The Canadian played the 39th game of his season on Saturday night at the Bell Centre, and from a strictly technical point of view, he has not yet reached the halfway point of his 2023-2024 schedule. But this detail is not going to prevent us from drawing up some (almost) mid-season observations all the same.

Is this team part of an Atom category minor hockey league, in which everyone has to play? No, and the latest news is that the Canadiens are a National Hockey League club. Given this state of affairs, the net should fall to Samuel Montembeault more often. For what ? Because while no one in this organization is going to say it, he’s clearly the best of the club’s three goalies, a conclusion already evident before Saturday’s game, in which he turned away 45 of 48 shots in his direction. . With all that, the Quebec goalkeeper has taken part in 18 of CH’s 39 matches, and if this club wants to win more often between now and April, Montembeault should be the chosen one in two out of three matches, especially since he is the club’s only goalkeeper with a winning record. We obviously understand that in an ideal world, the Canadian would like to trade Jake Allen in exchange for two first-round picks and a top prospect, but that’s not going to happen, so it would be a good idea to let go of the concept of the “showcase” for a veteran goalkeeper whose value is already known to everyone.

Speaking of which, it should come as no surprise that Jake Allen is still here on this date and at this time of year. Since the start of the Canadiens’ season on October 11, a grand total of 10 transactions can be listed on the NHL’s official website. Of these, no transaction involved a guard. In fact, we have to go back to September 19 to be able to see a transaction involving a goalie, that of Casey DeSmith, who did not even have time to come and have an overpriced latte in Old Montreal before being told to go directly to Vancouver. In short, the goalie market is not exactly booming at the moment, and that partly explains why there are still three goalkeepers in the Montreal locker room.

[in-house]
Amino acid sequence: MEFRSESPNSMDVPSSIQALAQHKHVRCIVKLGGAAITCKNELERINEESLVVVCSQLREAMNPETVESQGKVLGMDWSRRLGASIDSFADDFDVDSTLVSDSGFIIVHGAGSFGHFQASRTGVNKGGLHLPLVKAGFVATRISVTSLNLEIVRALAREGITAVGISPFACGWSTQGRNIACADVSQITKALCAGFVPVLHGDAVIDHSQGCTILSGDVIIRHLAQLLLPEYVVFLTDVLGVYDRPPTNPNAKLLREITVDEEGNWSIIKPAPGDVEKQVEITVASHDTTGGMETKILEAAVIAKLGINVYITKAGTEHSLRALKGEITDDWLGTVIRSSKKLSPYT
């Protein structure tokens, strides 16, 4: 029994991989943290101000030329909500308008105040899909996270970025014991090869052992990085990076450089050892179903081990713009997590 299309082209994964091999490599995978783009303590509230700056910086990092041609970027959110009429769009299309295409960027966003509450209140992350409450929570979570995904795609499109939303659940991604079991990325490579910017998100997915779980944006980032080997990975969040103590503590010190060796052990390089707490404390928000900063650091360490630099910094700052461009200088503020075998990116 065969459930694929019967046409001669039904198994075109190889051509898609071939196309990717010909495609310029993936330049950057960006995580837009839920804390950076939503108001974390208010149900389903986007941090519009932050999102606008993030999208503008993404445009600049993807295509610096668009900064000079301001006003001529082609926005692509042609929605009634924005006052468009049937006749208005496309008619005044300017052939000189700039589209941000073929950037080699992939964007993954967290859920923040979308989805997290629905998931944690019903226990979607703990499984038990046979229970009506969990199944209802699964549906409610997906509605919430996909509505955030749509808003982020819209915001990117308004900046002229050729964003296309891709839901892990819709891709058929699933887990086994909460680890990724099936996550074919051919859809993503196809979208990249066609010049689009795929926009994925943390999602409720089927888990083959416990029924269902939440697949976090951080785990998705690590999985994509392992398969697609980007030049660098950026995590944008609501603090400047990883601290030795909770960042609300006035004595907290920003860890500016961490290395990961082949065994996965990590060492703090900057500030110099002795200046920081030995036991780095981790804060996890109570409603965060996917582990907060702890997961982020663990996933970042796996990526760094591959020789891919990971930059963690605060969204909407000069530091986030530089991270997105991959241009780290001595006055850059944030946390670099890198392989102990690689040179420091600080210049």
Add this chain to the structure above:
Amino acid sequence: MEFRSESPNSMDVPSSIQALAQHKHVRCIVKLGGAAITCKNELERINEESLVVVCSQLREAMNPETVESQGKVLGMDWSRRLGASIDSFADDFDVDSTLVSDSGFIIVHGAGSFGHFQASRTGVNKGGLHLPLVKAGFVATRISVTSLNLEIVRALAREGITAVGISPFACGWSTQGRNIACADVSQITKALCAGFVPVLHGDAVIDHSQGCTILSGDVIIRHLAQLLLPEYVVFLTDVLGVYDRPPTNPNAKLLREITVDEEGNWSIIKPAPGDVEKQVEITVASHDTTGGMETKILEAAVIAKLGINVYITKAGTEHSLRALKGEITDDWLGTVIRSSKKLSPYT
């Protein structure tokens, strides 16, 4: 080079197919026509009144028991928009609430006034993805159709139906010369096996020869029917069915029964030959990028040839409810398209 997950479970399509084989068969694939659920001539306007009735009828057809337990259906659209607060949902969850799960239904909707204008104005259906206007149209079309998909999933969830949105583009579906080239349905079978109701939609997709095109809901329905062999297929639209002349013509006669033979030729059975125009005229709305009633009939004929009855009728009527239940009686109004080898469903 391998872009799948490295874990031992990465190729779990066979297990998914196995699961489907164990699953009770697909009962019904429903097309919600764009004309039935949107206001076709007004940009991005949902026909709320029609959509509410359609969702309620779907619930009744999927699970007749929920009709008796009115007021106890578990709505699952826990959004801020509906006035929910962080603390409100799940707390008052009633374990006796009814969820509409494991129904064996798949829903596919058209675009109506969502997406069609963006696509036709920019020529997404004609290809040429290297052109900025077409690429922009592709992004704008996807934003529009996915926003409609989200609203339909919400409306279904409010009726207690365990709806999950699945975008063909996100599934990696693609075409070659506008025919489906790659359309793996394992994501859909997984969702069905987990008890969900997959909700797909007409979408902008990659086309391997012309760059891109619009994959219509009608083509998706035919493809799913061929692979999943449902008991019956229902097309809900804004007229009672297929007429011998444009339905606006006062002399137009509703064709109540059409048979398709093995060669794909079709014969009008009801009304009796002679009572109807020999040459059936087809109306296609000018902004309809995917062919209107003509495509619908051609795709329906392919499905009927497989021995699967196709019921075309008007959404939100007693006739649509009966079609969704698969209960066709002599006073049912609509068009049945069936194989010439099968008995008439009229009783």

We look at the NHL standings on this short Sunday and what do we see? We see the Canadian in sixth place in his division, but also, we see the same team only five points from a place in the playoffs. Between now and the end of the month and his week off before the All-Star break, the Canadian will have to play ten games, six of which will pit him against clubs that are part of the playoff picture at the time of writing this. . In other words, the Canadian’s immediate future should be a little clearer when he returns from the break on February 6 in Washington. If the team is no longer in the running by that date, expect a few departures between now and the trade deadline on March 8. On the other hand, if the club is still in the game, could management be tempted to no longer follow the plan and go into acquisition mode? We’ve seen weirder things before.

There is another approach that is also possible: that of not trying to acquire anyone else because there are reinforcements who will arrive soon. We already know that two attackers, Rafaël Harvey-Pinard and Tanner Pearson, have started skating again in Brossard, which suggests an imminent return to play in both cases. For his part, Alex Newhook is not there yet, but an optimistic scenario suggests that he could make a return around the middle or end of February, having injured his left ankle during a game against the Florida Panthers on November 30 at the Bell Center. At the time of this misfortune, the Canadian had mentioned an absence of 10 to 12 weeks, which leads to the period of play mentioned above. Before falling in action, Newhook had collected six points in his previous six games. It remains to be seen, obviously, if the Canadian will still be competitive when he is ready…

And it is here that we quote, as it should, the legendary Bill Parcells, once an American football coach and also a philosopher in his free time. Old Bill liked to say that a team is what its record says, and that has never been more true than in the case of the Canadiens, who have a record of 17-17-5. The CH is a .500 club, that couldn’t be clearer, and the last two matches amply demonstrated what we already knew, namely that this team is capable of good performances, and less good ones too. It’s an improvement over last season, but good little .500 clubs don’t sneak into the playoffs.